How to find the meta-information of a file in BASH? And how to extract and print it separately using cut and grep commands?

  • 2
    What is 'The Meta-information'? And what have you tried? Aug 10 '12 at 9:12
  • 1
    I've Found it Its " ls -l " Information About A File.. Like File Name, Permission, File Owner, Date etc..
    – Andy
    Aug 10 '12 at 10:18
  • 12
    Please stop capitalizing every word, it makes your post harder to read.
    – derobert
    Aug 10 '12 at 10:20
  • 1
    find . -name "filename.txt" -print | xargs ls -iSl Will give you all files named filename.txt in the current directory (the dot). Then xargs is used to let ls get the standard input from the piped command. Then -iSl sorts and give you size and date. 6710 -rw-rw-r-- 1 userA GroupB 2346 Nov 26 00:55 ./somefolder/filename.txt
    – The Demz
    Nov 26 '13 at 9:30

Instead of parsing the output of ls using cut/grep, you should just use stat which takes a -c argument to specify the output format.

anthony@Zia:~$ stat -c '%n : %A : %U : %s' afiedt.buf .XCompose 
afiedt.buf : -rw-r--r-- : anthony : 178
.XCompose : lrwxrwxrwx : anthony : 38

You can change the output format however you'd like; check the stat(1) manpage for details.


I'm just guessing here, but have you tried the command file? It will try to identify what kind of file it is.

  • Actually, My Output Should Be Like This: File Name: File Type: File Owner: File Permission: File Size: I've Used ls -l To Find The Meta-Info Of a File. I Need To Extract And Print It Like Above.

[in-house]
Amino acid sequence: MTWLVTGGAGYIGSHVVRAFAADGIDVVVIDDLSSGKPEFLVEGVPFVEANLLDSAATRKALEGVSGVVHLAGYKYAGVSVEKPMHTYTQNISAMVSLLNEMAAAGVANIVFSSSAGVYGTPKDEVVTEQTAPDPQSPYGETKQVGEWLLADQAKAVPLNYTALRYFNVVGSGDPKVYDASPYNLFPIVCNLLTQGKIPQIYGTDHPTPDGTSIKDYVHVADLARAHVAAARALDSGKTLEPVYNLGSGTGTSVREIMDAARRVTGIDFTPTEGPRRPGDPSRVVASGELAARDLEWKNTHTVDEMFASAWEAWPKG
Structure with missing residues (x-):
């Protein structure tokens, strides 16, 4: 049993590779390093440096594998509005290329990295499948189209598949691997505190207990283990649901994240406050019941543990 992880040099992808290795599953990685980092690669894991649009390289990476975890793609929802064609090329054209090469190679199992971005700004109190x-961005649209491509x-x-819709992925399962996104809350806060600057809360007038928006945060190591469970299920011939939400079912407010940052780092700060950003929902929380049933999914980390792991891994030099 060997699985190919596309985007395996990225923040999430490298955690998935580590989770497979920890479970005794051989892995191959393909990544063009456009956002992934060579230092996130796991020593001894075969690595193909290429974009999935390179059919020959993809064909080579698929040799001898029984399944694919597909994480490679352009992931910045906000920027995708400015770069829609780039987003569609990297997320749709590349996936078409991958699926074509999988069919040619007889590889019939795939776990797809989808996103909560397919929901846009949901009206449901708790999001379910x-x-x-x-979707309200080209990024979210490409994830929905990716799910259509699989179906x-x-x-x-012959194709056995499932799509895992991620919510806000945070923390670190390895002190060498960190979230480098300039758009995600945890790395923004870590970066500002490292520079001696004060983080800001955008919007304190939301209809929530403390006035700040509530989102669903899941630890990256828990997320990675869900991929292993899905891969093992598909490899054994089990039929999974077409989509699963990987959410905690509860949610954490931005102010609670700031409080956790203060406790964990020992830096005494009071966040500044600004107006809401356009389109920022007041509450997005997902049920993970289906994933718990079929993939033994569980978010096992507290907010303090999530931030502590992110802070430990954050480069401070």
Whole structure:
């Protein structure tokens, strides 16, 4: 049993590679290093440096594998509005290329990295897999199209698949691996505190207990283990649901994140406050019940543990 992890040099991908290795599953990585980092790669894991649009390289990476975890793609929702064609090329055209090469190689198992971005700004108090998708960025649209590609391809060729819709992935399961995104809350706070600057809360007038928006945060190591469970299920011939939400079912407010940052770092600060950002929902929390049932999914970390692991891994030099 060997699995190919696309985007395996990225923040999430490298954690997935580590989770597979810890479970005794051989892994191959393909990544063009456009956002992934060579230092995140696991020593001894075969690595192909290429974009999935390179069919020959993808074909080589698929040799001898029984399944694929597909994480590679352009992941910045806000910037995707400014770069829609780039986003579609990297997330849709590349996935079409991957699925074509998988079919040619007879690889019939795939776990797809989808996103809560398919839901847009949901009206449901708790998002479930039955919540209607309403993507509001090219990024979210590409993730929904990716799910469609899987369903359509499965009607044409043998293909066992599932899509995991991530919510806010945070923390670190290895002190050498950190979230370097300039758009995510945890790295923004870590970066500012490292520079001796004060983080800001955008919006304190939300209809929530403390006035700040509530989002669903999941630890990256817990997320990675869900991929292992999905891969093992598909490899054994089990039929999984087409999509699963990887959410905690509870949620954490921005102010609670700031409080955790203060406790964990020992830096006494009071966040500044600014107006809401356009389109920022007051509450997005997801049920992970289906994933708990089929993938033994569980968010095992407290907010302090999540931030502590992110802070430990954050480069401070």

– Andy
    Aug 10 '12 at 10:14
  • 2
    @meandyxtreme Have a look at the cut command that is very good at picking values from columns. And, please, stop with the "Capital Letter At The Start Of Every Word" thing. It makes it very hard to read.
    – HonkyTonk
    Aug 10 '12 at 10:21
  • Sorry about the capitalizing of every word. Look what i typed <code> [ur10cs164@linux lab]$ ls -l lab2.txt -rw-rw-r-- 1 ur10cs164 ur10cs164 801 Jul 19 16:40 lab2.txt </code> so the above line shows all the meta-info. so now how to extract them seperately. i've tried 'cut'. Maybe the format i've typed may wrong. Lemme know the correct method to extract from it
    – Andy
    Aug 10 '12 at 10:38
  • @meandyxtreme Look at the answer above from derobert. It shows you how to do what you want.
    – HonkyTonk
    Aug 10 '12 at 11:02

Execute stat -l on the file:

[~]$ stat -l test.py
-rw-r--r-- 1 burhan staff 84 Aug  3 01:08:34 2012 test.py

To store this information in a variable:

[~]$ foo=$(stat -l test.py)
[~]$ echo $foo
-rw-r--r-- 1 burhan staff 84 Aug 3 01:08:34 2012 test.py

To get specific information only man stat and check the format specifiers.


Try libextractor


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